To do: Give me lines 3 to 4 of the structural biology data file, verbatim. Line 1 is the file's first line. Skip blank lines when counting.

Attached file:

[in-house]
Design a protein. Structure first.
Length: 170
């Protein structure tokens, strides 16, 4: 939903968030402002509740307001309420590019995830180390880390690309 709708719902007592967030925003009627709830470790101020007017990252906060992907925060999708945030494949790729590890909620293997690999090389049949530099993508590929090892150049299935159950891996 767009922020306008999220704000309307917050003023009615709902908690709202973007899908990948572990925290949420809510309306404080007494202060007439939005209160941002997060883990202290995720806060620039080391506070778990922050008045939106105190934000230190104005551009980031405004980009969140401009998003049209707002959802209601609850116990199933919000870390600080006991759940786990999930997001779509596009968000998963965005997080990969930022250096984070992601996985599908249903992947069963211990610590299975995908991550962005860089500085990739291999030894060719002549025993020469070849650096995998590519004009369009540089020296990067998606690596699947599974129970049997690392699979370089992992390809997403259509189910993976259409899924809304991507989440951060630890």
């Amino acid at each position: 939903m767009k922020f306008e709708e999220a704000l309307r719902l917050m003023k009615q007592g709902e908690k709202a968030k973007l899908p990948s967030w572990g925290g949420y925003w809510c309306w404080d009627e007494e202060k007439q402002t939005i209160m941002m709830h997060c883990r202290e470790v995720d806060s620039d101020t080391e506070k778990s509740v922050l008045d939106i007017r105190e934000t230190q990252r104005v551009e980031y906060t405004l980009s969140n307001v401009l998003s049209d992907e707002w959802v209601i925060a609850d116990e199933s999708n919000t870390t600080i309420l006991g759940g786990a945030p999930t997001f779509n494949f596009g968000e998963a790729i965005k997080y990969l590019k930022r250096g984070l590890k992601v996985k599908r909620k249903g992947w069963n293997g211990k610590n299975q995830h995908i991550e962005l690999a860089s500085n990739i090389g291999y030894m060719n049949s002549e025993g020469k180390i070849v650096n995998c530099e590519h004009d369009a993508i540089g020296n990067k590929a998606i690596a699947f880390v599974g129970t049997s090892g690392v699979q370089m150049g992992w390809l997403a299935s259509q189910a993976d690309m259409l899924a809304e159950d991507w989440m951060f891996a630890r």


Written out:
Length: 170
């Protein structure tokens, strides 16, 4: 939903968030402002509740307001309420590019995830180390880390690309 709708719902007592967030925003009627709830470790101020007017990252906060992907925060999708945030494949790729590890909620293997690999090389049949530099993508590929090892150049299935159950891996 767009922020306008999220704000309307917050003023009615709902908690709202973007899908990948572990925290949420809510309306404080007494202060007439939005209160941002997060883990202290995720806060620039080391506070778990922050008045939106105190934000230190104005551009980031405004980009969140401009998003049209707002959802209601609850116990199933919000870390600080006991759940786990999930997001779509596009968000998963965005997080990969930022250096984070992601996985599908249903992947069963211990610590299975995908991550962005860089500085990739291999030894060719002549025993020469070849650096995998590519004009369009540089020296990067998606690596699947599974129970049997690392699979370089992992390809997403259509189910993976259409899924809304991507989440951060630890």